Hong Kong air traffic to make ‘full recovery’ next year as passenger, cargo levels rebuild: Financial Secretary Paul Chan

Hong Kong’s air traffic will achieve a full recovery next year, as both passenger and cargo levels continue to build back steadily towards pre-pandemic levels, according to Financial Secretary Paul Chan Mo-po.

The capacity of the Hong Kong International Airport (HKIA) has been rapidly recovering and is expected to “reach 80 per cent of the pre-pandemic level this year, and will achieve a full recovery next year,” Chan said at the Asian Logistics, Maritime and Aviation Conference (ALMAC) on Tuesday.

“Hong Kong will remain committed to our superconnector role and be a platform providing high value-added logistics, maritime, aviation, financial and risk management services,” he said.

HKIA handled 3.3 million passengers and 24,190 flights during September, according to statistics from the Airport Authority Hong Kong.

A view of Tsing Yi Container Terminal on August 11, 2023. Photo: Dickson Lee

Passenger volume increased five-fold year on year, while flight movements doubled from the low base during the same month in 2022, according to the statistics. Cargo throughput also continued to grow in September, increasing by 10 per cent year on year to 375,000 tonnes.

Beijing will continue to support Hong Kong in consolidating and upgrading its status as an international logistics centre and international aviation hub, Fu Xuyin, vice-minister of the Ministry of Transport of the People’s Republic of China, said at the ALMAC.

The ministry has been actively developing policies and measures to promote the integration of logistics service resources in the Greater Bay Area, and to deepen civil aviation technology exchanges and cooperation between mainland China and Hong Kong, he said.

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Hong Kong is encouraged to actively participate in the Belt and Road Initiative, using its unique advantages and rich experience in sustainable transport and green development of shipping, to help local and mainland Chinese transport enterprises collaborate on investment, construction, and operation of infrastructure, creating new engines for Hong Kong’s economic growth, Fu said.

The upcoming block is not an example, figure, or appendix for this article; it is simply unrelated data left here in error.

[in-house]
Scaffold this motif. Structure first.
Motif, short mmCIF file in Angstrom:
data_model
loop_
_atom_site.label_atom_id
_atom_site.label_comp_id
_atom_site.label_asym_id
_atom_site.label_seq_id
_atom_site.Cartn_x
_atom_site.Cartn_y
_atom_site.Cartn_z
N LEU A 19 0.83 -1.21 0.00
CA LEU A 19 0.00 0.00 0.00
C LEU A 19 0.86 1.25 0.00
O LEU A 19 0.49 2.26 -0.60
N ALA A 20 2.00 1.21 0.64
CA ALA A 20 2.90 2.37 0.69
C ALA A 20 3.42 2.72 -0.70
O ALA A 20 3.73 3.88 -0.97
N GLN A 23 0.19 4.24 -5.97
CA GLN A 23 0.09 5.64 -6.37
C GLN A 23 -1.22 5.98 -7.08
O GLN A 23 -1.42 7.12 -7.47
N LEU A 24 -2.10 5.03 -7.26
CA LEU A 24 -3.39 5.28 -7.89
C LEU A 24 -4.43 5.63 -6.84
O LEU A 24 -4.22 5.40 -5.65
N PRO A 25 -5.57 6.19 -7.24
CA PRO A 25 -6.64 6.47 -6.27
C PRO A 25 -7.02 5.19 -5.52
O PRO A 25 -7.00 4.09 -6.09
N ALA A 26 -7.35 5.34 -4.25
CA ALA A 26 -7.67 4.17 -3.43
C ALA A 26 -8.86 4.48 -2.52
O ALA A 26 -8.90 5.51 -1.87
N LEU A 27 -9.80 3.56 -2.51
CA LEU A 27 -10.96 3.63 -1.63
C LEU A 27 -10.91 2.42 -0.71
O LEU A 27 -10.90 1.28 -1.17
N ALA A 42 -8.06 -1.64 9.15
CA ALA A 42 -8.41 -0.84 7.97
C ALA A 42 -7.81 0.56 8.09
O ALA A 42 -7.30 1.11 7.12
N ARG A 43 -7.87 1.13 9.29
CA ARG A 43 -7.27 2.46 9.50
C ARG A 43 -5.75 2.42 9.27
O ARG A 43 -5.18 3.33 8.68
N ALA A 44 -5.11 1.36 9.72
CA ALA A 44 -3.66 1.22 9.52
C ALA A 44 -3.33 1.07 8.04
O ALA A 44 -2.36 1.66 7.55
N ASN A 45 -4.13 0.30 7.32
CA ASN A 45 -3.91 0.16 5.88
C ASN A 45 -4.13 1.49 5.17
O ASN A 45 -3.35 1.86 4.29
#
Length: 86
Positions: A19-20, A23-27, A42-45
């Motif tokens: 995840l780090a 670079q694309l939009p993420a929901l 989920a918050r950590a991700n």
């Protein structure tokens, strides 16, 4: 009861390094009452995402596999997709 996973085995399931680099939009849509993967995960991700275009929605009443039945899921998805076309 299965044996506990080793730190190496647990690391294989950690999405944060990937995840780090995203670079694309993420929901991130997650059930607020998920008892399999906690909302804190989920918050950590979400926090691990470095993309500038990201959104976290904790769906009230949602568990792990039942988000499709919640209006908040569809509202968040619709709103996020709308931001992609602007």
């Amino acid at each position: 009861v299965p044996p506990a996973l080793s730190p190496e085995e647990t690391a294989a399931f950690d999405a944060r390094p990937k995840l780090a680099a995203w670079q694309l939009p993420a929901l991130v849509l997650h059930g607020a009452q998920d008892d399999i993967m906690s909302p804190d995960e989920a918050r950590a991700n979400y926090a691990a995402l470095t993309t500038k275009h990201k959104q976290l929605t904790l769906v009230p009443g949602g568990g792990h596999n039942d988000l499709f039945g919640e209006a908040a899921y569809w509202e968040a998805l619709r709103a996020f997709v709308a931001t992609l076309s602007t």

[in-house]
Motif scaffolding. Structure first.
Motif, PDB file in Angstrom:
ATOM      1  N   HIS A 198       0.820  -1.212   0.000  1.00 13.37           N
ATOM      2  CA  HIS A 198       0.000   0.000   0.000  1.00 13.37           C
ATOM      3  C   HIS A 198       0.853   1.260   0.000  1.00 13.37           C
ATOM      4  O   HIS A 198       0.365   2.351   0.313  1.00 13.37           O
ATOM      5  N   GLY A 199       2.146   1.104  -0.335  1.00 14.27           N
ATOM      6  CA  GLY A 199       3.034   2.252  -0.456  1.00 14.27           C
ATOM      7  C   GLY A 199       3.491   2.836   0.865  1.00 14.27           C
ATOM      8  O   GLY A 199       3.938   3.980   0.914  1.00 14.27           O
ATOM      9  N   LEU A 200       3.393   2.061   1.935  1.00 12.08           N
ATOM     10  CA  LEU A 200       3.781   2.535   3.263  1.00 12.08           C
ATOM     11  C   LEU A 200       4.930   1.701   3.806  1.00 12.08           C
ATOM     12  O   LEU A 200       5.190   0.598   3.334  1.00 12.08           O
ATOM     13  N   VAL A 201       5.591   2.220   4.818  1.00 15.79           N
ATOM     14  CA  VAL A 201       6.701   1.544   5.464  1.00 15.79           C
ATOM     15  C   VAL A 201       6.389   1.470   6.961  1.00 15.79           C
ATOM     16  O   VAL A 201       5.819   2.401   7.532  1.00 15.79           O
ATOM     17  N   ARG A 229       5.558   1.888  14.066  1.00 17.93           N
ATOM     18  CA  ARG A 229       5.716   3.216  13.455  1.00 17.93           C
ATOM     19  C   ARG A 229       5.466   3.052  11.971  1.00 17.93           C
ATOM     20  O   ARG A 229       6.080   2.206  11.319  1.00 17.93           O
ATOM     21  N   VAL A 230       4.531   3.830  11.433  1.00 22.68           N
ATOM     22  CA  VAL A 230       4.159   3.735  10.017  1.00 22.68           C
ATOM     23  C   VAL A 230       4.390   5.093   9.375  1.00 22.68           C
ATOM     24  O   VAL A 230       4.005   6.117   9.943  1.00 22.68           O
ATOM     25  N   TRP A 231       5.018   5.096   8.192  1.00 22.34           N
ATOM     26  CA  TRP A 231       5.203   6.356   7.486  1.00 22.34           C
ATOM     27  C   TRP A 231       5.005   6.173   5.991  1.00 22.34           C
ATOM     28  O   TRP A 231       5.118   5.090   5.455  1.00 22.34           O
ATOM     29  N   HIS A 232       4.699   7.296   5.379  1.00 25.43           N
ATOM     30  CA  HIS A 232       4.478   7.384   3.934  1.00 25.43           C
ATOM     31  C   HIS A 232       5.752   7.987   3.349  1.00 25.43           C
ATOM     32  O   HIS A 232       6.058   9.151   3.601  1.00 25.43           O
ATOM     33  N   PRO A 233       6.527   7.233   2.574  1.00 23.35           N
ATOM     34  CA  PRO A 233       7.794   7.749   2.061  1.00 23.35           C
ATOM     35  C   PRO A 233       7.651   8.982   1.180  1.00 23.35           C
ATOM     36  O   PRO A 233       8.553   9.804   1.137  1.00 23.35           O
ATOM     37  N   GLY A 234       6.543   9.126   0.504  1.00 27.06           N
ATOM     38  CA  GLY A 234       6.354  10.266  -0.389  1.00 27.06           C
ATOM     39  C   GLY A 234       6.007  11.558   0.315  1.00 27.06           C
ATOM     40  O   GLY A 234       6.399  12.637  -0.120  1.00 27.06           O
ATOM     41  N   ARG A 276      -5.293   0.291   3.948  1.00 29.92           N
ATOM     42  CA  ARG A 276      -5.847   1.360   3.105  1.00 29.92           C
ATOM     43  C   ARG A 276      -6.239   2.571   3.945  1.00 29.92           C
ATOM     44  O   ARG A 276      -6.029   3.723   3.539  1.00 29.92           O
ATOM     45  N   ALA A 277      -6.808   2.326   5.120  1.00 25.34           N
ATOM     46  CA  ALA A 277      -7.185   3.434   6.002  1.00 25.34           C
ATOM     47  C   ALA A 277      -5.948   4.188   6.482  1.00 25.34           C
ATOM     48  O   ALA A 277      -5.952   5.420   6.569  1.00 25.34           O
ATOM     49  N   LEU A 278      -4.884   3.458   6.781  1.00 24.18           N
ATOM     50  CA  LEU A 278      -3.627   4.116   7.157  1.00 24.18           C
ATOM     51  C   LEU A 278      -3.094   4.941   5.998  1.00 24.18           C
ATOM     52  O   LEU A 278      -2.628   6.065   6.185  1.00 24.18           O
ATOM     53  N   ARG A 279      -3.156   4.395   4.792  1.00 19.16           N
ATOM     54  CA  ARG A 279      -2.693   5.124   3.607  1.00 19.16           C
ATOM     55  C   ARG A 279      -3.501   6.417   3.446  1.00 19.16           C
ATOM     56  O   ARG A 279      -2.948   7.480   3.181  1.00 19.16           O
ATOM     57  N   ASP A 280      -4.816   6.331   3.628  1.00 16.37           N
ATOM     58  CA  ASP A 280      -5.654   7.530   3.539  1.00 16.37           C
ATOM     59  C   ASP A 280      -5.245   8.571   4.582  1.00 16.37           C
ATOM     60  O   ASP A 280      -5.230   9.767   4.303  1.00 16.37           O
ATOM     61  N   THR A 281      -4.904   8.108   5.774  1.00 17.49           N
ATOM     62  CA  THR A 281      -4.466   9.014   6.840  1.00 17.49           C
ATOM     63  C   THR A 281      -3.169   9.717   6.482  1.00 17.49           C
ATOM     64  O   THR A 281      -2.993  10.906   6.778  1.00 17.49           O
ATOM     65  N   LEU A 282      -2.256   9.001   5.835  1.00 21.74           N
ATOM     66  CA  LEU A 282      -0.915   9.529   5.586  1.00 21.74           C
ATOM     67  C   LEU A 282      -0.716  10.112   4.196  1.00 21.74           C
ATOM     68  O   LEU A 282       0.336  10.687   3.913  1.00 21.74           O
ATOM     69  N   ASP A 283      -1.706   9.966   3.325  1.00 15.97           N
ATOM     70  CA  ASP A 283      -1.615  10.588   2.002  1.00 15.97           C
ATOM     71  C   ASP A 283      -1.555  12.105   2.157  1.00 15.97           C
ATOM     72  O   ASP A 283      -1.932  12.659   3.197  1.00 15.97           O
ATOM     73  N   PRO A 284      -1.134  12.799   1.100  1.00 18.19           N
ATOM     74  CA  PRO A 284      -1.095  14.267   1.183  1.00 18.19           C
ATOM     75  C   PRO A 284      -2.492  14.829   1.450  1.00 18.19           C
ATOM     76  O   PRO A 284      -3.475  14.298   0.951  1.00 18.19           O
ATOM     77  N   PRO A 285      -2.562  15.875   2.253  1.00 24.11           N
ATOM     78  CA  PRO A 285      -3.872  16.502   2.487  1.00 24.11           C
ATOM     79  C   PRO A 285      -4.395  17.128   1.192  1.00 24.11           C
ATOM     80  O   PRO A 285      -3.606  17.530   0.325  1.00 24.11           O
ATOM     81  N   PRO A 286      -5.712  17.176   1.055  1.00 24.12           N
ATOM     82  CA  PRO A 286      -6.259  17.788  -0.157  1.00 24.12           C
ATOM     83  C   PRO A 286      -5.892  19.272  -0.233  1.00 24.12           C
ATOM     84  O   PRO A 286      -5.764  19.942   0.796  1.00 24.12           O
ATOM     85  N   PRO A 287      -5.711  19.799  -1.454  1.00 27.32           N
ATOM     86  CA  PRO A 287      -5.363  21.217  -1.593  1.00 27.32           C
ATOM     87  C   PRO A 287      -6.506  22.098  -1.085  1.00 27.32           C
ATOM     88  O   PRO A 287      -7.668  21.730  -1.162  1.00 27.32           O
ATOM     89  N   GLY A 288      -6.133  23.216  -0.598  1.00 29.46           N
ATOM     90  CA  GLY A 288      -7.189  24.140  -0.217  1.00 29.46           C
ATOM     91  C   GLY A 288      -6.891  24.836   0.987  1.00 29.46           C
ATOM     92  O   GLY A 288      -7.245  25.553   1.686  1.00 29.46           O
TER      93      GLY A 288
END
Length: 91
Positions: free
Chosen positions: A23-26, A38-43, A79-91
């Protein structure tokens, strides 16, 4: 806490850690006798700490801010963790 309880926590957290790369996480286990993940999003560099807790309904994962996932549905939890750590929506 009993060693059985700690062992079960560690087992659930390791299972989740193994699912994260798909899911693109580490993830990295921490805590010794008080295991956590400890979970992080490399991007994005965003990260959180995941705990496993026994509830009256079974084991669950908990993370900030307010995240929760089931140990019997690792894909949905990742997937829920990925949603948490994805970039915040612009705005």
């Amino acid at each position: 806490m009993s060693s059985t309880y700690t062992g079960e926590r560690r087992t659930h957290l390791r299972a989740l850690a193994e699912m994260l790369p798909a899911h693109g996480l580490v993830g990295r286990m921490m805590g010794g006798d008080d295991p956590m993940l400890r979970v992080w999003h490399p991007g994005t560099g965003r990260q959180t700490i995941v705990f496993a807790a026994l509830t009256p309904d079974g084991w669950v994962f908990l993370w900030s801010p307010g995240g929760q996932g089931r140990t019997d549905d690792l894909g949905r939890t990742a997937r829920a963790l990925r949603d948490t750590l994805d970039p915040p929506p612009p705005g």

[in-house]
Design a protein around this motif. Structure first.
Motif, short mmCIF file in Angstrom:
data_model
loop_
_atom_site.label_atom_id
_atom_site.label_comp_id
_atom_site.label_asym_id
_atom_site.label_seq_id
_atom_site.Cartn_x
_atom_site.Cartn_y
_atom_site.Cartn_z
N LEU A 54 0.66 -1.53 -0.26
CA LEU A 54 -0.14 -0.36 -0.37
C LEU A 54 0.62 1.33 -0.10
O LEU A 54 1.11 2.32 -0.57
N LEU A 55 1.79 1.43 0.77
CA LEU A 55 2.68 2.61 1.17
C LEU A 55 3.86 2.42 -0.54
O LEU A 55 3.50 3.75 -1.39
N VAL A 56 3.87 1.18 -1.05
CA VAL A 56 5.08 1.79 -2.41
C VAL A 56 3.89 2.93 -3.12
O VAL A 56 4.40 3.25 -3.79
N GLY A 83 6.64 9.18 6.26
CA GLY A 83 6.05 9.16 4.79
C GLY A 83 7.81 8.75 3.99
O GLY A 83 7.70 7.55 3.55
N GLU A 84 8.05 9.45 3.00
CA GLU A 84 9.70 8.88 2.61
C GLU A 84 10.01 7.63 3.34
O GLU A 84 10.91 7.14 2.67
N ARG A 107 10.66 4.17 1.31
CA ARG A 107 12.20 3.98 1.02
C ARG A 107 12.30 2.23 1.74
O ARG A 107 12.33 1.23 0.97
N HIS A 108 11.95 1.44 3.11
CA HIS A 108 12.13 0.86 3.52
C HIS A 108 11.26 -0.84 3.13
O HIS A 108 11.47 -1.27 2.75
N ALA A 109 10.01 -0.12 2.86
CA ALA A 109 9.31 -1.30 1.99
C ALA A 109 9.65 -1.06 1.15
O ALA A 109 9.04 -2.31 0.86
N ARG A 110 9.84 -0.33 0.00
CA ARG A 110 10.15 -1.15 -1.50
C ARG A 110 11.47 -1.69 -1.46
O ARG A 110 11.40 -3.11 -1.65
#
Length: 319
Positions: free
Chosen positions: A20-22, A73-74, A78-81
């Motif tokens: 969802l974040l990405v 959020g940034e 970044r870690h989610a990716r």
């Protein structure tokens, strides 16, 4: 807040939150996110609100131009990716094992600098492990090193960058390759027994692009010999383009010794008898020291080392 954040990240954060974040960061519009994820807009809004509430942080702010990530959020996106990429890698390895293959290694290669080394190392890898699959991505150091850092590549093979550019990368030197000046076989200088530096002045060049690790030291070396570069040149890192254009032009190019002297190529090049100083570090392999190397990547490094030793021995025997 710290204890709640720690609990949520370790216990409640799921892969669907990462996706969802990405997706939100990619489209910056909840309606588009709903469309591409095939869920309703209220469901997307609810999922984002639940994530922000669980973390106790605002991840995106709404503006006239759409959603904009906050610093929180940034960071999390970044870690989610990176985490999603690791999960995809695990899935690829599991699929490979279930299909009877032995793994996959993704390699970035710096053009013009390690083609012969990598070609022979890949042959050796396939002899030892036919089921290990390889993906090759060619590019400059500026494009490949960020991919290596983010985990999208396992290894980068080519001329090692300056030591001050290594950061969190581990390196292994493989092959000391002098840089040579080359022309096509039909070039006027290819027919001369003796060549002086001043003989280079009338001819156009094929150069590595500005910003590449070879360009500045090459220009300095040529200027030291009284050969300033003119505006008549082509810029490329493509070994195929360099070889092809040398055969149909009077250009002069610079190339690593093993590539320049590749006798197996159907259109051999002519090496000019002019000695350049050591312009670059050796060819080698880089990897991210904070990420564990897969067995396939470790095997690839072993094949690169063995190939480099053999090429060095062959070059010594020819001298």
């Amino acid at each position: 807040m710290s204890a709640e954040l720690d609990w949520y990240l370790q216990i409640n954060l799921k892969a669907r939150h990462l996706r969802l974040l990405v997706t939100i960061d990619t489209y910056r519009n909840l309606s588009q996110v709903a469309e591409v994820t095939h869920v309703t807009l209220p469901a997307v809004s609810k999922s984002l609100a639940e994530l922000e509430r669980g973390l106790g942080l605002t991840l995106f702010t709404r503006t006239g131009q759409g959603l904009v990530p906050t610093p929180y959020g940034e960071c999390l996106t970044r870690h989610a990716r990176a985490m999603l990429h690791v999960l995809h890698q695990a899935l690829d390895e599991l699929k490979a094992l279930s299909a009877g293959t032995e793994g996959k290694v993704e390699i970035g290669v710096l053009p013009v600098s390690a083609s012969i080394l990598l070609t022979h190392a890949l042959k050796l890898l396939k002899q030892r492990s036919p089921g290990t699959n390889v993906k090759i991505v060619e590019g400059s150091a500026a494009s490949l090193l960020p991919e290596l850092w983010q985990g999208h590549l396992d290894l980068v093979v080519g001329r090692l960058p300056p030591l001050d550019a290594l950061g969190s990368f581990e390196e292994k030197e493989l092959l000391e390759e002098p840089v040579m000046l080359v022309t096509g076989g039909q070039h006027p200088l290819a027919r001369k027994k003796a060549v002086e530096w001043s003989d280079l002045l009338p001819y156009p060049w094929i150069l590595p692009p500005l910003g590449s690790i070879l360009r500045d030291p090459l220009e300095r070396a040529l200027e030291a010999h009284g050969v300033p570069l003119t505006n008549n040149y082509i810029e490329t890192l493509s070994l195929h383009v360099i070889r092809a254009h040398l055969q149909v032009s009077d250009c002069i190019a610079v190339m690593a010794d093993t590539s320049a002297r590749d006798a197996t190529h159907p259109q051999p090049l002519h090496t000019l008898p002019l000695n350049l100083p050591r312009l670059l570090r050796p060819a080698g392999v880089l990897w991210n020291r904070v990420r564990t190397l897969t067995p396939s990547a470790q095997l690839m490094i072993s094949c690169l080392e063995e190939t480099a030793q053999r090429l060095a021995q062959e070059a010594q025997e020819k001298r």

“I believe that with the joint efforts of everyone, the cooperation between mainland China and Hong Kong in the field of transport will definitely reach a new level, which will provide stronger momentum for the security and stability of the global supply chain,” he said.

While traditional markets such as Europe and the United States will remain important, the need to diversify will drive people to look for new markets and new sources of supply, Chan added.

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“We will continue to be a steadfast supporter of free trade and multilateralism, advocating for the reduction in trade barriers, and the free flow of goods and services, people and capital,” he said.

“That means there will be more business with the Asean [Association of Southeast Asian Nations], the Middle East, and indeed the belt and road countries. In other words, the demand for logistics, maritime and aviation services with and within this region will rise rapidly.”

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